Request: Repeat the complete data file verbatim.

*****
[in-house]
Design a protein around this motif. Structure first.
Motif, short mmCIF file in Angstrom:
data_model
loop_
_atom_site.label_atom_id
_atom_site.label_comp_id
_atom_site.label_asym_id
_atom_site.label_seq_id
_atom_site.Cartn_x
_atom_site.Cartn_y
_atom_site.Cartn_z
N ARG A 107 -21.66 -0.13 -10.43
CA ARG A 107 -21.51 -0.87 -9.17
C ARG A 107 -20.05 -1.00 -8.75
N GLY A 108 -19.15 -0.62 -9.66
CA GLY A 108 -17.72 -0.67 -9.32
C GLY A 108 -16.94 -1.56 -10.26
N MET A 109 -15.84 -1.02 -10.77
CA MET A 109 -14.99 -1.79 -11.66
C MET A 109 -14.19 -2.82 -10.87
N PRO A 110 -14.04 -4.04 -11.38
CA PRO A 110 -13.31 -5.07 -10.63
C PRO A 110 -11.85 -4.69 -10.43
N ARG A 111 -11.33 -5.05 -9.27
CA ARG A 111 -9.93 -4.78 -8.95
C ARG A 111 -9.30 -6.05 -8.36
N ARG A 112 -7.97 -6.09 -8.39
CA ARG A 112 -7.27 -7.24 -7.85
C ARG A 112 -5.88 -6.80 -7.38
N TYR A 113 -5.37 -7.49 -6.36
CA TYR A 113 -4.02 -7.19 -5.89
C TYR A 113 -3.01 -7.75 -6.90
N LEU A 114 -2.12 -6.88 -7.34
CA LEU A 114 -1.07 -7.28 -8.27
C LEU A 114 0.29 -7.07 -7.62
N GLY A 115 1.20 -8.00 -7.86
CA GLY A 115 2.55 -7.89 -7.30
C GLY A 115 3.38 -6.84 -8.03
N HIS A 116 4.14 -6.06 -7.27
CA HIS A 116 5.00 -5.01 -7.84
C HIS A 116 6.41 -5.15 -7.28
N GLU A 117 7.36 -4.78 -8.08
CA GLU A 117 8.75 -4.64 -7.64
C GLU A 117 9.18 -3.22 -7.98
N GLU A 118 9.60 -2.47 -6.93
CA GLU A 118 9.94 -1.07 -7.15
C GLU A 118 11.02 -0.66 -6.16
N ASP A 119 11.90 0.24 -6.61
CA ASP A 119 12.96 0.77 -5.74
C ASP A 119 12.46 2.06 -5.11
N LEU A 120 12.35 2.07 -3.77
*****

[in-house]
Design a protein around this motif. Structure first.
Motif, short mmCIF file in Angstrom:
data_model
loop_
_atom_site.label_atom_id
_atom_site.label_comp_id
_atom_site.label_asym_id
_atom_site.label_seq_id
_atom_site.Cartn_x
_atom_site.Cartn_y
_atom_site.Cartn_z
N ARG A 107 -21.66 -0.13 -10.43
CA ARG A 107 -21.51 -0.87 -9.17
C ARG A 107 -20.05 -1.00 -8.75
N GLY A 108 -19.15 -0.62 -9.66
CA GLY A 108 -17.72 -0.67 -9.32
C GLY A 108 -16.94 -1.56 -10.26
N MET A 109 -15.84 -1.02 -10.77
CA MET A 109 -14.99 -1.79 -11.66
C MET A 109 -14.19 -2.82 -10.87
N PRO A 110 -14.04 -4.04 -11.38
CA PRO A 110 -13.31 -5.07 -10.63
C PRO A 110 -11.85 -4.69 -10.43
N ARG A 111 -11.33 -5.05 -9.27
CA ARG A 111 -9.93 -4.78 -8.95
C ARG A 111 -9.30 -6.05 -8.36
N ARG A 112 -7.97 -6.09 -8.39
CA ARG A 112 -7.27 -7.24 -7.85
C ARG A 112 -5.88 -6.80 -7.38
N TYR A 113 -5.37 -7.49 -6.36
CA TYR A 113 -4.02 -7.19 -5.89
C TYR A 113 -3.01 -7.75 -6.90
N LEU A 114 -2.12 -6.88 -7.34
CA LEU A 114 -1.07 -7.28 -8.27
C LEU A 114 0.29 -7.07 -7.62
N GLY A 115 1.20 -8.00 -7.86
CA GLY A 115 2.55 -7.89 -7.30
C GLY A 115 3.38 -6.84 -8.03
N HIS A 116 4.14 -6.06 -7.27
CA HIS A 116 5.00 -5.01 -7.84
C HIS A 116 6.41 -5.15 -7.28
N GLU A 117 7.36 -4.78 -8.08
CA GLU A 117 8.75 -4.64 -7.64
C GLU A 117 9.18 -3.22 -7.98
N GLU A 118 9.60 -2.47 -6.93
CA GLU A 118 9.94 -1.07 -7.15
C GLU A 118 11.02 -0.66 -6.16
N ASP A 119 11.90 0.24 -6.61
CA ASP A 119 12.96 0.77 -5.74
C ASP A 119 12.46 2.06 -5.11
N LEU A 120 12.35 2.07 -3.77